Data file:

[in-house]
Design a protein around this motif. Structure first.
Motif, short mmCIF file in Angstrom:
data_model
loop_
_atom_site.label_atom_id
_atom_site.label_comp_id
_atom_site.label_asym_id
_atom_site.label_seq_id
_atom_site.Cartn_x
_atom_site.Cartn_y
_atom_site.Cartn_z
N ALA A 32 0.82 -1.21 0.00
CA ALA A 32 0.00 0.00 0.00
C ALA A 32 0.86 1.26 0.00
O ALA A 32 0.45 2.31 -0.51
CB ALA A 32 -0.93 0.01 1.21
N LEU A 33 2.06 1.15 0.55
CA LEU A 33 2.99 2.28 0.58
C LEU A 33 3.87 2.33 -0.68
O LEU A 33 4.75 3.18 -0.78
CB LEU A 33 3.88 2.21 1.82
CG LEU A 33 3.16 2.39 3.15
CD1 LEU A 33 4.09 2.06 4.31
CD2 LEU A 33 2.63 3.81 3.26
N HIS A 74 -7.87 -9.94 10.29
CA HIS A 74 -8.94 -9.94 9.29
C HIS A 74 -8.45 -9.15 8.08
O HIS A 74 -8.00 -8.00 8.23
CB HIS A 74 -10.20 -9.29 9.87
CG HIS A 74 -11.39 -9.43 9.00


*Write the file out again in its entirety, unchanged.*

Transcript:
[in-house]
Design a protein around this motif. Structure first.
Motif, short mmCIF file in Angstrom:
data_model
loop_
_atom_site.label_atom_id
_atom_site.label_comp_id
_atom_site.label_asym_id
_atom_site.label_seq_id
_atom_site.Cartn_x
_atom_site.Cartn_y
_atom_site.Cartn_z
N ALA A 32 0.82 -1.21 0.00
CA ALA A 32 0.00 0.00 0.00
C ALA A 32 0.86 1.26 0.00
O ALA A 32 0.45 2.31 -0.51
CB ALA A 32 -0.93 0.01 1.21
N LEU A 33 2.06 1.15 0.55
CA LEU A 33 2.99 2.28 0.58
C LEU A 33 3.87 2.33 -0.68
O LEU A 33 4.75 3.18 -0.78
CB LEU A 33 3.88 2.21 1.82
CG LEU A 33 3.16 2.39 3.15
CD1 LEU A 33 4.09 2.06 4.31
CD2 LEU A 33 2.63 3.81 3.26
N HIS A 74 -7.87 -9.94 10.29
CA HIS A 74 -8.94 -9.94 9.29
C HIS A 74 -8.45 -9.15 8.08
O HIS A 74 -8.00 -8.00 8.23
CB HIS A 74 -10.20 -9.29 9.87
CG HIS A 74 -11.39 -9.43 9.00